The Brazil Administrative Council for Economic Defense (CADE) has officially approved Microsoft’s acquisition of Activision Blizzard after a lengthy assessment process that saw anti-competitive claims filed by Sony, and plenty of back-and-forth between the two companies.
The CADE approval was a major hurdle for Microsoft to overcome, and a necessary step in getting the entire Activision Blizzard deal through global regulators. So far, CADE is the second major body to approve the deal with no restrictions, following a similar ruling by the Saudi Arabia General Authority for Competition – which declared ‘no objection’ in its own assessment in August.
While only a minor hurdle in achieving wider approval for the deal, the CADE filing was significant for having such a hearty and public submissions process. On the path to approval, Microsoft had to contend with a variety of rebuttals from companies including Sony, Amazon, and Google, each of which had distinct opinions about whether or not the deal should be allowed to go through.
In the process of approval, Microsoft was required to submit evidence of the Xbox One’s poor performance against Sony’s PlayStation 4, as a means to prove it was not the dominant console in the market. This was done to reject claims that Microsoft acquiring Activision Blizzard would create an unfair monopoly in the games industry.
Likewise, Microsoft was also forced to detail its plans for the Call of Duty franchise, and explain multiple times that making the franchise exclusive was not a viable financial option.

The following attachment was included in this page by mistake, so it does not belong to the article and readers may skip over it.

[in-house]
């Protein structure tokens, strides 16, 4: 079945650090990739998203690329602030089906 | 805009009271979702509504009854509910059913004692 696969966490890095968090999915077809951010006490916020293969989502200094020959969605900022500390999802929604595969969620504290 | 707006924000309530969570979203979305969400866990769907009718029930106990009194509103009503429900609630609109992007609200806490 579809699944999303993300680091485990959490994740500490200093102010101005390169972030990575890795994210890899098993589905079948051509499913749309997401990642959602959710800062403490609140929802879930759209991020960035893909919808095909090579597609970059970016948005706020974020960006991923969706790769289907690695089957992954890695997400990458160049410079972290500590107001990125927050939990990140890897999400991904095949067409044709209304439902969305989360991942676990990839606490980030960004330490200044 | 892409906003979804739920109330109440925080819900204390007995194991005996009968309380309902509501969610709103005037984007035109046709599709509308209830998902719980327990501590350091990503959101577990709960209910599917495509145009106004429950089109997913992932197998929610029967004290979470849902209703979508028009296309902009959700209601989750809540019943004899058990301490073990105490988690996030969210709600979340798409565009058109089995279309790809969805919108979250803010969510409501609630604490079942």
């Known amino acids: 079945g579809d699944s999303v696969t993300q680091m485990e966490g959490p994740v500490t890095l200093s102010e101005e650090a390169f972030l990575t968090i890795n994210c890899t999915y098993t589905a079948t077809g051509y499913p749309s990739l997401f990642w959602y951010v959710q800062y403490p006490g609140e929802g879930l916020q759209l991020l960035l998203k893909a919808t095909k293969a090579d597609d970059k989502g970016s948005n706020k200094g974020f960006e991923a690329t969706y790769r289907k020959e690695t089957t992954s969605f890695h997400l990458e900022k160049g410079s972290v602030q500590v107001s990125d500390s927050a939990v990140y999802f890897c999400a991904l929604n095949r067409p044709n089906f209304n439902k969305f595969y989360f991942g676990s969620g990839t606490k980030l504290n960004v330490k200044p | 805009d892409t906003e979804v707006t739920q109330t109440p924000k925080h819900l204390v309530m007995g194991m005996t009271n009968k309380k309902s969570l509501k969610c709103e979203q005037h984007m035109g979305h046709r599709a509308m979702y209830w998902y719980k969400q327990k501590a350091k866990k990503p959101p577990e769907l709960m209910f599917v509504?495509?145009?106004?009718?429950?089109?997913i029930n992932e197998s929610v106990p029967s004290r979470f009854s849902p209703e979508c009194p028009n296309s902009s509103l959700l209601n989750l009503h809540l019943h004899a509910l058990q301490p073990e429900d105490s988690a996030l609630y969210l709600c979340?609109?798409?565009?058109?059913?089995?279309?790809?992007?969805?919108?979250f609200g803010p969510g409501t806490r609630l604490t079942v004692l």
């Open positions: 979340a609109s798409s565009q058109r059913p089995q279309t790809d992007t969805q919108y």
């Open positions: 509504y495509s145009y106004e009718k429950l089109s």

During proceedings, the fight between Sony and Microsoft occasionally became rowdy, with Microsoft ultimately accusing Sony of blocking games from Xbox Game Pass, and Sony firing back with its own monopoly accusations.
To better argue Sony’s case in other regions, it’s alleged that PlayStation boss Jim Ryan personally flew to Brussels in September to meet with officials of the European Union and discuss his concerns about the seemingly imminent Activision Blizzard acquisition.
The result of this is currently unknown, but the CADE approval is a positive sign for Microsoft, which survived the intense grilling process, and the complaints levelled by Sony and other competitors.
The US $68.7 billion deal is yet to go through final approvals – Microsoft still needs to answer to the US Federal Trade Commission (FTC) and the UK Competition and Markets Authority (CMA), amongst other regulatory bodies – but it appears to be moving closer to completion.
European regulators have reportedly set a deadline of 8 November to pass judgement, while the UK regulatory body has set March 2023 as a long-term goal. Whatever the results, it appears we’ll hear more about the next stages of approval in the coming months.